Friday, January 07, 2011

The Gimmick is that There Is No Gimmick

As one astute observer exclaimed after one of my presentations on "Understanding Conditioning" -- as the light bulb lit up in his brain and face, "The gimmick is that there is no gimmick."

In a world which has learned to sell the sizzle rather than the steak, the hardest and most obvious thing to convince people of, is the simplicity of direct understanding, because they are always led on a convoluted "wild goose chase" thought necessary to motivate people to even listen, and in fact, their reason for listening, is the presumption that they are mainly there for entertainment rather than purpose -- and those there for the latter, have to be convinced it is for entertainment, and not something productive.

That is the unfortunate consequence of mainstream mass marketing media -- and not the truth of any real activity, which unfortunately many think, the mass media is a valid and adequate substitute for the actual experience. And so many people, are "conditioned" to think that everything is fake and contrived, and there is no real consequence and significance to anything: that everything is just one big commercial, to fool one into thinking anything the sponsor of that program wants one to think -- and that is the only truth they know.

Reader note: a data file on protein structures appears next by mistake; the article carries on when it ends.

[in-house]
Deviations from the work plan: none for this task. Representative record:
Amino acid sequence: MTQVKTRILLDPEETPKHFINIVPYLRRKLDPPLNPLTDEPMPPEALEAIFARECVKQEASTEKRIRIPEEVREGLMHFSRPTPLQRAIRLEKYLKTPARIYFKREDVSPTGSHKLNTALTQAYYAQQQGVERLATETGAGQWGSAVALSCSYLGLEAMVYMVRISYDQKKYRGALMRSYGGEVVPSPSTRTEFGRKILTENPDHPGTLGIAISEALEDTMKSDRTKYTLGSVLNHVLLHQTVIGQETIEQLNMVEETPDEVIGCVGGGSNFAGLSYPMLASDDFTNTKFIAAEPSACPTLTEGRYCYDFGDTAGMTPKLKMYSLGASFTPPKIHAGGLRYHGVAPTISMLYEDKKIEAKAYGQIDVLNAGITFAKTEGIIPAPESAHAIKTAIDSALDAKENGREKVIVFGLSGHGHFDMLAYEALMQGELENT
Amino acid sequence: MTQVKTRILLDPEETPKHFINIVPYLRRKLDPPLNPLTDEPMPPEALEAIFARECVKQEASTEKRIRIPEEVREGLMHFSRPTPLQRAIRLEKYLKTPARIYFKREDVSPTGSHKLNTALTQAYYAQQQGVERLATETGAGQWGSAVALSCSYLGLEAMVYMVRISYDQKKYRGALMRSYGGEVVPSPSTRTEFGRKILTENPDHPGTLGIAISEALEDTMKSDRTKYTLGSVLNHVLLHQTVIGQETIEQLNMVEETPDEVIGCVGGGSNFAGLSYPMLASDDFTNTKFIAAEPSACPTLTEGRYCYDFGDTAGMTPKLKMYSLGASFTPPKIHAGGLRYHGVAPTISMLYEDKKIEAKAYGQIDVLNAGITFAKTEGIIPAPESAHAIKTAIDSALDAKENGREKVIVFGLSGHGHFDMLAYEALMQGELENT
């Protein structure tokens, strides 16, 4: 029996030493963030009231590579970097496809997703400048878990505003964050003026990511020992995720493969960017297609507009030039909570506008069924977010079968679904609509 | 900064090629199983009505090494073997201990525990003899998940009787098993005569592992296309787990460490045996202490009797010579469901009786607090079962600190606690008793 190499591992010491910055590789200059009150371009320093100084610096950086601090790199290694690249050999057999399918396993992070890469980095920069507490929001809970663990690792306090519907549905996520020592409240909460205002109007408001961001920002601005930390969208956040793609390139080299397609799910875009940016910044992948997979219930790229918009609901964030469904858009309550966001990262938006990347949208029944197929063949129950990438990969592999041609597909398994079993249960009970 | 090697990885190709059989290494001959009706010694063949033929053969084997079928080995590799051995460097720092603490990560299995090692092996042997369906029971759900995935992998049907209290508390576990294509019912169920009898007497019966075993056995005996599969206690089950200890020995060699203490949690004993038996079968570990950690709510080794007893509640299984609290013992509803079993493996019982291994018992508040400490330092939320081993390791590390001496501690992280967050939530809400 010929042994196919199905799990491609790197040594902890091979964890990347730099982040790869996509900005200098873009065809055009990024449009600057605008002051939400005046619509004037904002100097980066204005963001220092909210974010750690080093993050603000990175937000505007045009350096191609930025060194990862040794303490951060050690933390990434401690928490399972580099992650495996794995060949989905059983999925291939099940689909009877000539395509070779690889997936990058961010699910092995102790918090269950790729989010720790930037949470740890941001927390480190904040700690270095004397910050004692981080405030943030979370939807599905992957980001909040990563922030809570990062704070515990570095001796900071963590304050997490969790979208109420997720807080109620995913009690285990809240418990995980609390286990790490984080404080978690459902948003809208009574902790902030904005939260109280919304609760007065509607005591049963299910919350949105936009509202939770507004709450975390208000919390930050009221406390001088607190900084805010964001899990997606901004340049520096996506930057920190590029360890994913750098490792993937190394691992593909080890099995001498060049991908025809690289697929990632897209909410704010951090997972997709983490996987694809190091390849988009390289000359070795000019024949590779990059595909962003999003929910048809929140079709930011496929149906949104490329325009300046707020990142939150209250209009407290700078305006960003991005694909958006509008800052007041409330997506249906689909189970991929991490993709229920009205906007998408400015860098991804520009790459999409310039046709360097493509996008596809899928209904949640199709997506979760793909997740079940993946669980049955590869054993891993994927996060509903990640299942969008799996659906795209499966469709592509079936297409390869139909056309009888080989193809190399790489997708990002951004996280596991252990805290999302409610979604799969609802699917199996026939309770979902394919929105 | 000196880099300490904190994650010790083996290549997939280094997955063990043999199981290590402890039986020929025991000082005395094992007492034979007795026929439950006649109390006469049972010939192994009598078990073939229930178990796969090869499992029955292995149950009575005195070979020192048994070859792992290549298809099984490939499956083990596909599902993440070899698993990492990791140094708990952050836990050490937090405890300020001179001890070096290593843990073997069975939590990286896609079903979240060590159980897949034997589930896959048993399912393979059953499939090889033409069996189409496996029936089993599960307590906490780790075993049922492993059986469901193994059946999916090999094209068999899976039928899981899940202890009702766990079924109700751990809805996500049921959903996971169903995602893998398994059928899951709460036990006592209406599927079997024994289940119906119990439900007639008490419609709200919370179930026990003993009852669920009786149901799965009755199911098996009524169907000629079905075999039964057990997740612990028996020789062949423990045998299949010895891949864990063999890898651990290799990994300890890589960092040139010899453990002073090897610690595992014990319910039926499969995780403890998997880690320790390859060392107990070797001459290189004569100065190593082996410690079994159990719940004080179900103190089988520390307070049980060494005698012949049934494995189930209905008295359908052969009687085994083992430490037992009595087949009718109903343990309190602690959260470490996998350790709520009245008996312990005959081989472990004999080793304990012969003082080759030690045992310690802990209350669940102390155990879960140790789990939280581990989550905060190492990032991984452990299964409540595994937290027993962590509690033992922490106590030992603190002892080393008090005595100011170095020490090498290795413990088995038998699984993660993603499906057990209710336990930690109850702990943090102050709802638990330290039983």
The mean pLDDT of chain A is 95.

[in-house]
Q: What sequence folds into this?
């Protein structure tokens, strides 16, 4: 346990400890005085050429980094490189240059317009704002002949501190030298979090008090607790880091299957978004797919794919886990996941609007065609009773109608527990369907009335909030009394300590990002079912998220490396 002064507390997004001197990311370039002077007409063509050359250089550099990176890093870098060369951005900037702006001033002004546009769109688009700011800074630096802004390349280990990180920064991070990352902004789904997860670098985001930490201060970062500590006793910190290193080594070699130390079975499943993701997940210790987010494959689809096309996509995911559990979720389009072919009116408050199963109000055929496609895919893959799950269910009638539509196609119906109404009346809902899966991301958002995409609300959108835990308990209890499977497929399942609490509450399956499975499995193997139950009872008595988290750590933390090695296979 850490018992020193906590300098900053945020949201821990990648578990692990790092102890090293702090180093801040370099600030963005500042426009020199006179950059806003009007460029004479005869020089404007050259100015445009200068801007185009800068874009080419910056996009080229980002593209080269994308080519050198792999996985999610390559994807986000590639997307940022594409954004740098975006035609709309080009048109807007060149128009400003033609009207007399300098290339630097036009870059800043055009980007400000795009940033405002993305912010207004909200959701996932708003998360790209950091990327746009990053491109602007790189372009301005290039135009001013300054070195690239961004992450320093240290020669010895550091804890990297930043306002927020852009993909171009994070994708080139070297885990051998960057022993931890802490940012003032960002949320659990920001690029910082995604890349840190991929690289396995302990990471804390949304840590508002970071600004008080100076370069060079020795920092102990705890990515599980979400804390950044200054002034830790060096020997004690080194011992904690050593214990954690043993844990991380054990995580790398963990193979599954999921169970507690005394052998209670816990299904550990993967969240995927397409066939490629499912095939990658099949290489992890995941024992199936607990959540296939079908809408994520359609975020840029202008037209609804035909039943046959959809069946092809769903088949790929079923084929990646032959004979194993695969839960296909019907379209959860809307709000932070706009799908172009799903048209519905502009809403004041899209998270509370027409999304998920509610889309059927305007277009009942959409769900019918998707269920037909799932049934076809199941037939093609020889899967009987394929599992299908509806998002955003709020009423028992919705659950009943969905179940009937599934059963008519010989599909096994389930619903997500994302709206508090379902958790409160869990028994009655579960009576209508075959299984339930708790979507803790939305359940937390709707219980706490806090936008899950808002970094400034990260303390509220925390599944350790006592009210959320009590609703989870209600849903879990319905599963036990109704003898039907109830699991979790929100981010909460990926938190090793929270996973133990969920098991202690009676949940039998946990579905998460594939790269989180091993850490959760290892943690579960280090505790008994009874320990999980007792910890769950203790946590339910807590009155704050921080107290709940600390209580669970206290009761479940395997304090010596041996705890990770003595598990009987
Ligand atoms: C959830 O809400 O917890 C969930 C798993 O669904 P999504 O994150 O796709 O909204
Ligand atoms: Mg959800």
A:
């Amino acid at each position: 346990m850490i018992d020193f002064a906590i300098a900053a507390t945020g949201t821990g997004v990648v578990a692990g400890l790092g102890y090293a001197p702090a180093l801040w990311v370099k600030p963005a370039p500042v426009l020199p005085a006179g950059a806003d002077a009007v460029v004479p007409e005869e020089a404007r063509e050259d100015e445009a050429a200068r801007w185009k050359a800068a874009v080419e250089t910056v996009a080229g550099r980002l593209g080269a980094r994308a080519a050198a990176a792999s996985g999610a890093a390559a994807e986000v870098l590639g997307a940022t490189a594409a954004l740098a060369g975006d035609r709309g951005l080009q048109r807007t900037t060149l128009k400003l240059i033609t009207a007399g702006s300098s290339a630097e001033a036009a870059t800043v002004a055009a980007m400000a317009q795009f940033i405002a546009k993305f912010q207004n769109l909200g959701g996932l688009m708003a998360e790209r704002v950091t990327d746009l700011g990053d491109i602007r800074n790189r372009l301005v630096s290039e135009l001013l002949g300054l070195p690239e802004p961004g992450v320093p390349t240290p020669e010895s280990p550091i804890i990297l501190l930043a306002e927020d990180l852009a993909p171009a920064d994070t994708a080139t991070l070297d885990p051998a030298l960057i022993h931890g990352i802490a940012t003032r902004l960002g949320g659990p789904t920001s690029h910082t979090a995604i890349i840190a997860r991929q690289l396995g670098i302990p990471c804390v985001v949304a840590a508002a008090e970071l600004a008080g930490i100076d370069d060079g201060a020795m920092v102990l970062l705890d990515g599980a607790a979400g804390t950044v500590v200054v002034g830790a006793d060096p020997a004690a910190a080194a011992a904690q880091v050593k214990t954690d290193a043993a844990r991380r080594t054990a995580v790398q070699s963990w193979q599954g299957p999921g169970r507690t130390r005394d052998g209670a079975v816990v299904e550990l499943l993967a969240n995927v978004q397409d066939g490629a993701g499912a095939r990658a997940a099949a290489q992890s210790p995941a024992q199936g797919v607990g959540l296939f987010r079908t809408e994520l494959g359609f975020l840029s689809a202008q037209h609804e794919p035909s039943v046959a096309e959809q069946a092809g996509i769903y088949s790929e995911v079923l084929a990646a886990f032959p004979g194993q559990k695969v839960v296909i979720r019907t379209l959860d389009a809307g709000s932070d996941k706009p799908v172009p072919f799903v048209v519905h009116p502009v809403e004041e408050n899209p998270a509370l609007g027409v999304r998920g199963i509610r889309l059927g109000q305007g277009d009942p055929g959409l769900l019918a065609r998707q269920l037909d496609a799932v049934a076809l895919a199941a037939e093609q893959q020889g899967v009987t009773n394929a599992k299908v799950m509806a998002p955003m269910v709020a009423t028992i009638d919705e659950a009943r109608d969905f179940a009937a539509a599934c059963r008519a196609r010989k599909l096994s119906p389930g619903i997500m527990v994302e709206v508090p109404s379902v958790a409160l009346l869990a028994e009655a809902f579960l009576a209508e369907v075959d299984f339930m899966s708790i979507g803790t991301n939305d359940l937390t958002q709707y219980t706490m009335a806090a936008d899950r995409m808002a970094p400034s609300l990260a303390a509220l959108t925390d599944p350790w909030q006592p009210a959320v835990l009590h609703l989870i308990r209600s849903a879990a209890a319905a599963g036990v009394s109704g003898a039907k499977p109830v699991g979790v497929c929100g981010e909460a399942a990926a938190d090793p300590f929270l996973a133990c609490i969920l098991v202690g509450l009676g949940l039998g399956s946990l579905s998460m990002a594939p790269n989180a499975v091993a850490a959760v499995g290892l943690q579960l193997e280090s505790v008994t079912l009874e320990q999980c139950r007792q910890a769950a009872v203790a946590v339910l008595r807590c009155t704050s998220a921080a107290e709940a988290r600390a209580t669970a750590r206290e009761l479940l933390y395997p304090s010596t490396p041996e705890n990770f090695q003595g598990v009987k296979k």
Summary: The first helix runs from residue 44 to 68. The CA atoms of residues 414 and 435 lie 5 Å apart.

So when I point out that any movement that can be done on a machine or equipment, can actually be done better and more productively without it, they are incredulous, because their conditioning has been to think that they absolutely need that apparatus to do that movement, or any other requirement -- because the body is designed for one thing, and that is movement. Movement is integral to the design and the evolution of the human body. One actually has to override that genius of simplicity, by being conditioned to defeat that essential intelligence.

The proof of this is that any movement one is used to performing on any machine or equipment, can simply be done without that equipment, but to make it as effective, it should be done for a minimum of 50 repetitions, and not the usual 10 with resistance, before one stops -- thinking that the latter is more effective than the freehand version with no resistance, because the movement itself, will always provide its own resistance -- to further movement beyond its extremest range.

An example is to do a standing press with no resistance -- and to keep pushing the imaginary bar as high as possible. The further one attempts to do so, the obvious further resistance the body provides against doing so -- and one doesn't need a machine to aid in doing so. And really, the whole advantage in movement, is achieving a greater range of movement, and not simply repeating a limited range of movement, tirelessly and endlessly.

That's what differentiates the world champion, or prodigy from the mediocre -- their greatly enhanced and extended range of motion, and not doing a limited range of movement, more than every other competitor can. Just as in singing, it's not who can sing the loudest badly, but who has the greatest range of ability -- even to go from the worst to the best, and not just do the average, more than anybody else can.


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